Greeley Barber Shop Refusing Customers That Smell Like Pot


#1

GREELEY, Colo. (CBS4) – A barber shop in Greeley refuses service to people who smell like marijuana.

The owner of Hugo’s Barber Shop said he felt he had to step in when it got bad.

“I feel that it’s my right to make the statement. It’s the same thing as no shoes no service,” said shop owner Hugo Corral.

denver.cbslocal.com/2014/03/09/greeley-barber-shop-refusing-customers-that-smell-like-pot


#2

Good thing potheads aren’t a protected class.


#3

They can claim to be disabled :smiley: – therefore the ADA would apply!:stuck_out_tongue:


#4

Yet


#5

That, actually, is an interesting point. The Colorado Revised Statues (18-18-406.3.) allows medical marijuana to alleviate an appropriately diagnosed debilitating medical condition."
colorado.gov/cs/Satellite?blobcol=urldata&blobheadername1=Content-Disposition&blobheadername2=Content-Type&blobheadervalue1=inline%3B+filename%3D%22Colorado+Revised+Statutes+18-18-406.3.pdf%22&blobheadervalue2=application%2Fpdf&blobkey=id&blobtable=MungoBlobs&blobwhere=1251816967542&ssbinary=true

The law specifically identifies 8 debilitating conditions which the law allows marijuana prescriptions. They are:

Cancer
Glaucoma
HIV or AIDS
Cachexia (severe wasting)
Persistent muscle spasms
Seizures
Severe nausea
Severe pain
(the law also rules out a variety of conditions)
colorado.gov/cs/Satellite?blobcol=urldata&blobheadername1=Content-Disposition&blobheadername2=Content-Type&blobheadervalue1=inline%3B+filename%3D%22Debilitating+Medical+Conditions.pdf%22&blobheadervalue2=application%2Fpdf&blobkey=id&blobtable=MungoBlobs&blobwhere=1251927349730&ssbinary=true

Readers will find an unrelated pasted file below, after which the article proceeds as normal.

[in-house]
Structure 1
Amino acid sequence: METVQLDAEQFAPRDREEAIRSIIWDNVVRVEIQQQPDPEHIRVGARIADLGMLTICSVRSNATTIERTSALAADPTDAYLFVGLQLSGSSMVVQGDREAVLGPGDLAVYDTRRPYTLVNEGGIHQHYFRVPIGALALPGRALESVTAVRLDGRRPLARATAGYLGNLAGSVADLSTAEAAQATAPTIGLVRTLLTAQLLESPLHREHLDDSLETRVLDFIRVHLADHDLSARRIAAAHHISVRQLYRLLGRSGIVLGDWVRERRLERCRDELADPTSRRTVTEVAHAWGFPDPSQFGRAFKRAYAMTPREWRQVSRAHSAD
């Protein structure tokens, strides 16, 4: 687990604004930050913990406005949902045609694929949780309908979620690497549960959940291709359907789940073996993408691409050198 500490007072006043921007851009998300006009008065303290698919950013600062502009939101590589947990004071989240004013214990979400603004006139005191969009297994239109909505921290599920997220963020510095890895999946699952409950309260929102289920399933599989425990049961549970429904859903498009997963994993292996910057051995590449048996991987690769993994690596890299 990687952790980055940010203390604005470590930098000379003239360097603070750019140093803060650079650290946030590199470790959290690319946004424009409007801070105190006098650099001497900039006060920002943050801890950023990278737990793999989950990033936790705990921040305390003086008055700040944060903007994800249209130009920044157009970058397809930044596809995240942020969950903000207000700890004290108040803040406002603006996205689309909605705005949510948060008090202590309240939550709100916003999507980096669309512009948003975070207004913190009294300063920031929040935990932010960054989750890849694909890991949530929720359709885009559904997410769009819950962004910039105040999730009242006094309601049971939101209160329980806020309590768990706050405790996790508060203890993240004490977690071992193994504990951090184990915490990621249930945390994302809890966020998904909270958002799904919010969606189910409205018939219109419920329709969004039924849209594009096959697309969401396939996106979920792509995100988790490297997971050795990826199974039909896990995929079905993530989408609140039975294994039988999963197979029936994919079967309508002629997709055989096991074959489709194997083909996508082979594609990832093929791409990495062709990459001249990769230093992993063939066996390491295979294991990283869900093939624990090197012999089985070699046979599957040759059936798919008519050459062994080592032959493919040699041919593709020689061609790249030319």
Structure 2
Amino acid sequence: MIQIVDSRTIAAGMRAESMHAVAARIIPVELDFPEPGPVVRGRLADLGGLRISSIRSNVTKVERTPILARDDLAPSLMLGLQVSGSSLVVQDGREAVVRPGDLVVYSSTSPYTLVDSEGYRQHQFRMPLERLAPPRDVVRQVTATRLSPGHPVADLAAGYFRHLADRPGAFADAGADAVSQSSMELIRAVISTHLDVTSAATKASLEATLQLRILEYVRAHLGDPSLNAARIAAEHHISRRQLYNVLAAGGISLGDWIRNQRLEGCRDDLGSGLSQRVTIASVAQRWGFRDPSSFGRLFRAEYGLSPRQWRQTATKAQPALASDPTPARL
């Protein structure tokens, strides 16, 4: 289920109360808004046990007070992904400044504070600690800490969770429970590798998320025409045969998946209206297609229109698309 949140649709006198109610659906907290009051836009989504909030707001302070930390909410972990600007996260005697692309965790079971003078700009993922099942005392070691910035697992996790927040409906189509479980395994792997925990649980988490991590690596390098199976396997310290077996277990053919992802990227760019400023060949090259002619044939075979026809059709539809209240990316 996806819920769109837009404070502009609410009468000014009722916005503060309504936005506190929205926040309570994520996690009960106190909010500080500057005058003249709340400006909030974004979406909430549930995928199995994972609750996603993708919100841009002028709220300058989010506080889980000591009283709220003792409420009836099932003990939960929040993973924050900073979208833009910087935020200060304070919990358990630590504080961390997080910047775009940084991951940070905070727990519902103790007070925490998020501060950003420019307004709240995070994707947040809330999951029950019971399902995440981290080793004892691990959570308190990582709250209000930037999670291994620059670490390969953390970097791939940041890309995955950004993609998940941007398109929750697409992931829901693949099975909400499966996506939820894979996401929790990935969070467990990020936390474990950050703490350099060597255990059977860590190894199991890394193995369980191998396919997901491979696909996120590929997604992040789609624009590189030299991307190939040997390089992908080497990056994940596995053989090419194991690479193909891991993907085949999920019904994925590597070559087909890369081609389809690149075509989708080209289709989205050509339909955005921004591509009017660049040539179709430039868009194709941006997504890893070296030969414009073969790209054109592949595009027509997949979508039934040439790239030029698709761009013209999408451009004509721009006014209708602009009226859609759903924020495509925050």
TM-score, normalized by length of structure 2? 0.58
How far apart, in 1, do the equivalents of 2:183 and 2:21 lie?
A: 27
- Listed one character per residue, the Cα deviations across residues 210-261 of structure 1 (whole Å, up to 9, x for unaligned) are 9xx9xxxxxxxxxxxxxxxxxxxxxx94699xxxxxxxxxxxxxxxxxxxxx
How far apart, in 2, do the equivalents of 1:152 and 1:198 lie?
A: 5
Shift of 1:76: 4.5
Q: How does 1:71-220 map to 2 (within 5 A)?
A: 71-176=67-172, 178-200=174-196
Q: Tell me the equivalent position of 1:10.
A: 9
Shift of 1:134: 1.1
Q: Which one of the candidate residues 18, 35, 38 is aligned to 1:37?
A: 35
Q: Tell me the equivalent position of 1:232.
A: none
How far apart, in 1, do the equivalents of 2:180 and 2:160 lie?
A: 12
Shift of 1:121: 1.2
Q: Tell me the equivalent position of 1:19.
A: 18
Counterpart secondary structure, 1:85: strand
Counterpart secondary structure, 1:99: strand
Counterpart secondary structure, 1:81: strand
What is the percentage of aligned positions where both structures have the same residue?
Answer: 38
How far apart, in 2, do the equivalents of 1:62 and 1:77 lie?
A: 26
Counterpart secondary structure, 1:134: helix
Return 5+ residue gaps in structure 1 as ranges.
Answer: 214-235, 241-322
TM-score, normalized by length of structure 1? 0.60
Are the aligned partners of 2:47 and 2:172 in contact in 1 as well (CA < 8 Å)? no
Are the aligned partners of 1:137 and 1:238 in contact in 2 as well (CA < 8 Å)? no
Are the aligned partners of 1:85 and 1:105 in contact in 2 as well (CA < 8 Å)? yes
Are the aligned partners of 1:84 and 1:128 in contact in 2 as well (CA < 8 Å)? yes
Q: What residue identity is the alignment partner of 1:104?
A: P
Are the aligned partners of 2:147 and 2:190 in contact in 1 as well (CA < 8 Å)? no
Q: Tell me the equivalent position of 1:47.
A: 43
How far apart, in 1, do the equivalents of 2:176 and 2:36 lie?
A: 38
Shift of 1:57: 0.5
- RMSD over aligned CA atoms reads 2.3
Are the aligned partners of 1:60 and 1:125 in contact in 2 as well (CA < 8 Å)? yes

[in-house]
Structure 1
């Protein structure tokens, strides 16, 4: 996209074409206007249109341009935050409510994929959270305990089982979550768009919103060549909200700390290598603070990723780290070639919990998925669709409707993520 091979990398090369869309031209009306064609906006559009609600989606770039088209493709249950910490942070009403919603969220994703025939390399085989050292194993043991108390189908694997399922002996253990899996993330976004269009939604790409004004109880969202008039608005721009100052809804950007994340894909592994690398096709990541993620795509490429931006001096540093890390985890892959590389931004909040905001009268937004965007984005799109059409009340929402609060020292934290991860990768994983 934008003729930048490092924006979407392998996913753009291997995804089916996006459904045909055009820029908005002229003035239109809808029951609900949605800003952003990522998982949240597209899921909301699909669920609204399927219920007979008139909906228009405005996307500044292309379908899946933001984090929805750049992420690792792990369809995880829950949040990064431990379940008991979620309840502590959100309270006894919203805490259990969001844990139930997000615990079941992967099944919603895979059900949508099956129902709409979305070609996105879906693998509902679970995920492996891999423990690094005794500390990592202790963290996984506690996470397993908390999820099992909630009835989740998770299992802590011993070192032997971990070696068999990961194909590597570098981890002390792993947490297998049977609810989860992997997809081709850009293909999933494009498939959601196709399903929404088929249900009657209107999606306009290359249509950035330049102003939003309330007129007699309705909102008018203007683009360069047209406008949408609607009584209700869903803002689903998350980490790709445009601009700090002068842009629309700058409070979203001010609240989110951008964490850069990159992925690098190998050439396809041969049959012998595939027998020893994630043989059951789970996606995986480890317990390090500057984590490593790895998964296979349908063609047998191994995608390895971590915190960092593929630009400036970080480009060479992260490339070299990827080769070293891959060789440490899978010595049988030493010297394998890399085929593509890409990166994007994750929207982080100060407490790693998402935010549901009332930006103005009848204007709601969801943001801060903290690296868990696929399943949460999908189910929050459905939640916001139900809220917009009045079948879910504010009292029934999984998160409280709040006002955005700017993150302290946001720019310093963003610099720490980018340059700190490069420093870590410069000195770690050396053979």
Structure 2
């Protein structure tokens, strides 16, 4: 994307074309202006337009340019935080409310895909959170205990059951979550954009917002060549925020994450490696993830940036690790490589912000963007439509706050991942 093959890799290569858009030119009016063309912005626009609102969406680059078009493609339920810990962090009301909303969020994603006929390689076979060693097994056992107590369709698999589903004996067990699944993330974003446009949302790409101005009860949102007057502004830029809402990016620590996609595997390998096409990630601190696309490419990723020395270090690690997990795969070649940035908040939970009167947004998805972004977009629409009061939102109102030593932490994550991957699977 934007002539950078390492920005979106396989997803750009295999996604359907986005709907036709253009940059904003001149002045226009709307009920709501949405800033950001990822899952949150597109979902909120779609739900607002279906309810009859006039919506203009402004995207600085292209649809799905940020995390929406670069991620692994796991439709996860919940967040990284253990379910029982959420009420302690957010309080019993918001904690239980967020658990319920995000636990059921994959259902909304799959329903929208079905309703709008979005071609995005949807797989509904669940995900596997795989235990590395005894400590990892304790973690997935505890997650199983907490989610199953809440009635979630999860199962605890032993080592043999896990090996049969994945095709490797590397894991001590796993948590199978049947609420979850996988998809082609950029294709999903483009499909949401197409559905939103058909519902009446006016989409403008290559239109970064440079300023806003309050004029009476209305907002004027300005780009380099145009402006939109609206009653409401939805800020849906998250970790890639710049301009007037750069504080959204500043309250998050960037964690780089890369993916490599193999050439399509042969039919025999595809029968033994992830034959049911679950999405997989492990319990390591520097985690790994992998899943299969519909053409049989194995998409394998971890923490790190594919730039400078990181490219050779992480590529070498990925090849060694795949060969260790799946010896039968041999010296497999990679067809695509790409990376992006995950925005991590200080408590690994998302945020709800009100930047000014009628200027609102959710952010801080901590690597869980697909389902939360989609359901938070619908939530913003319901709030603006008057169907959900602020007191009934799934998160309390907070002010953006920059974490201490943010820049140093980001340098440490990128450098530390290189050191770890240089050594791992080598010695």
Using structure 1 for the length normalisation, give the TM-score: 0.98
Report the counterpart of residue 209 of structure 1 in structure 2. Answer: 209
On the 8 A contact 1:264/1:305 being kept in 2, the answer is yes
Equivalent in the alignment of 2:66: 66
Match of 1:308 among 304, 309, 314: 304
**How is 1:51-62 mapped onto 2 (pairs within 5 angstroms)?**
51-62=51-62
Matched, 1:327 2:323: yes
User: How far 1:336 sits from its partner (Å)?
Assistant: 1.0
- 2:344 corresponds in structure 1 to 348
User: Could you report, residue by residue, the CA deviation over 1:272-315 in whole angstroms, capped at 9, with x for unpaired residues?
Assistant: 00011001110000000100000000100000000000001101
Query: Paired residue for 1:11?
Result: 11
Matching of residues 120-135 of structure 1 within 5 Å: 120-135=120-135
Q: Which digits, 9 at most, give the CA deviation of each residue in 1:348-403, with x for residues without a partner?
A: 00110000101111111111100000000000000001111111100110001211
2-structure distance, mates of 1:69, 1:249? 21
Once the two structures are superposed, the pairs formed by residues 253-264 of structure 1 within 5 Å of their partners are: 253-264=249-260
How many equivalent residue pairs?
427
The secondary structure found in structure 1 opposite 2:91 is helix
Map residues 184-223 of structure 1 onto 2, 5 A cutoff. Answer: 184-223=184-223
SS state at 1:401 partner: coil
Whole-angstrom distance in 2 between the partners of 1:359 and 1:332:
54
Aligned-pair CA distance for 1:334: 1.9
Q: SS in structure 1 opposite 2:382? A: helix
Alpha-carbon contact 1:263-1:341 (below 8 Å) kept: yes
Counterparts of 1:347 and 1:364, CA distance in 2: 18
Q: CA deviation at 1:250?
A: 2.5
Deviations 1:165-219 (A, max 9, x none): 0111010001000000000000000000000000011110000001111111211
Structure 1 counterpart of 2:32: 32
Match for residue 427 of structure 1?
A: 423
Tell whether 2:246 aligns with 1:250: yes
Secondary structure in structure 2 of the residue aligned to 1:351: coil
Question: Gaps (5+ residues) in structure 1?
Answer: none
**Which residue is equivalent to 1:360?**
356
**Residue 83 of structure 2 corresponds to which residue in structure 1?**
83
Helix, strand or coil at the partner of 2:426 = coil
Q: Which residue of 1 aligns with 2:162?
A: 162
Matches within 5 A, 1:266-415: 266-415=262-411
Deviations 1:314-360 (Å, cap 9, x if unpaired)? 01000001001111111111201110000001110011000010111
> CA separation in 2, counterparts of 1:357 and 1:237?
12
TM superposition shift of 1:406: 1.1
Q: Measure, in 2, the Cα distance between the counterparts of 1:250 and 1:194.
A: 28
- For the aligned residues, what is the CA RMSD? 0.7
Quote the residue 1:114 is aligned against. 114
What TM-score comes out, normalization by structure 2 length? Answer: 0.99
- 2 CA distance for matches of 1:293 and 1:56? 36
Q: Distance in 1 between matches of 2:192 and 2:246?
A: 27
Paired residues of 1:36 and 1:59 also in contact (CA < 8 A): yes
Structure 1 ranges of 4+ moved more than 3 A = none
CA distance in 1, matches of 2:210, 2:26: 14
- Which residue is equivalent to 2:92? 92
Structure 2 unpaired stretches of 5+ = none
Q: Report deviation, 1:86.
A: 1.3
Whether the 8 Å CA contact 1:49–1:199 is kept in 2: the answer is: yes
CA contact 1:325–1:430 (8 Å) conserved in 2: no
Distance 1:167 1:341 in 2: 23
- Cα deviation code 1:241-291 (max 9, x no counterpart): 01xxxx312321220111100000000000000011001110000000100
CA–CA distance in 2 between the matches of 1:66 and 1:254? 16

So… is someone with a marijuana prescription considered disabled? Probably, but the disability is not from marijuana use. Can a disabled person be discriminated against because his use of a prescribed medicine? I would guess not, but the courts will need to rule on that.

If the courts rule in favor of pot smokers, then I imagine the restrictions of smoking pot in a private apartment would be struck down as well.


#6

[sarcasm]
How dare this business owner try to force his views on his customers! Being a pothead is a valid alternative lifestyle choice, and just because the barber personally thinks smoking pot is wrong doesn’t mean he can discriminate against those who think it’s ok by not allowing them to bring their pot smell into his shop. Some people are born with a predisposition to be potheads, you know, and telling them that you don’t want to be a part of their celebration of their potheadness by letting them make your shop smell like pot is exactly like discriminating against black people because, uh, hey, what’s that over there?!

How could anyone be so insensitive as to deny potheads support of their pot habit? His actions are directly contrary to the Constitution. This is America, and in America freedom means being forced to do things you don’t want to so you won’t hurt the feelings of potheads.

Can you believe the bigotry of this barber?
[/sarcasm]


#7

I don’t blame him one bit. That stuff STINKS! I have neighbors that smoke weed & the whole appartment building smells like rotting garbage.


#8

Actually, the discrimination laws apply to impermissible discrimination connected to a protected category. I don’t know of any such category directly related to use of pot. Of course, the poster above references permissible use of pot related to illness - and that could give rise to a claim. However, I would guess the vast majority of Americans would be opposed to discrimination on the basis of handicap or illness. At least, I would hope so.